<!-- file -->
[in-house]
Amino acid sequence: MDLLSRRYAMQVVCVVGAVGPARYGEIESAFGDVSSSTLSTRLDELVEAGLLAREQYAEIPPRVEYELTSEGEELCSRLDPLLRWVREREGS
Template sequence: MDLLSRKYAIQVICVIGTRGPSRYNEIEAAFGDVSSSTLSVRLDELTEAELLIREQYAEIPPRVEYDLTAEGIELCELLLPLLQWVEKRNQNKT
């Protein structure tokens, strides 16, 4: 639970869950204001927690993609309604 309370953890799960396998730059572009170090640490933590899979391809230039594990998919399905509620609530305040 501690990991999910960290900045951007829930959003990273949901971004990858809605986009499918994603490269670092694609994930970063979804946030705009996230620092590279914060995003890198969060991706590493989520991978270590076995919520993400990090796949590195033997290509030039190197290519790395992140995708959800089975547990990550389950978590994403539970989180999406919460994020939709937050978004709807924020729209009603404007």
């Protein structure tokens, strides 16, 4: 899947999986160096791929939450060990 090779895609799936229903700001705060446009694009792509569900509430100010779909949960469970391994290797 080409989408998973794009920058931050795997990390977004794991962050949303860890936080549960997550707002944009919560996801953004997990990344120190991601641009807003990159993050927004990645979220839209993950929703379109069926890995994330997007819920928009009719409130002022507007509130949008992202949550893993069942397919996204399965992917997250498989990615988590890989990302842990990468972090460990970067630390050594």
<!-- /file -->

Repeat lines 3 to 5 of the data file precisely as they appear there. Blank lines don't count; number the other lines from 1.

Template sequence: MDLLSRKYAIQVICVIGTRGPSRYNEIEAAFGDVSSSTLSVRLDELTEAELLIREQYAEIPPRVEYDLTAEGIELCELLLPLLQWVEKRNQNKT
């Protein structure tokens, strides 16, 4: 639970869950204001927690993609309604 309370953890799960396998730059572009170090640490933590899979391809230039594990998919399905509620609530305040 501690990991999910960290900045951007829930959003990273949901971004990858809605986009499918994603490269670092694609994930970063979804946030705009996230620092590279914060995003890198969060991706590493989520991978270590076995919520993400990090796949590195033997290509030039190197290519790395992140995708959800089975547990990550389950978590994403539970989180999406919460994020939709937050978004709807924020729209009603404007």
């Protein structure tokens, strides 16, 4: 899947999986160096791929939450060990 090779895609799936229903700001705060446009694009792509569900509430100010779909949960469970391994290797 080409989408998973794009920058931050795997990390977004794991962050949303860890936080549960997550707002944009919560996801953004997990990344120190991601641009807003990159993050927004990645979220839209993950929703379109069926890995994330997007819920928009009719409130002022507007509130949008992202949550893993069942397919996204399965992917997250498989990615988590890989990302842990990468972090460990970067630390050594």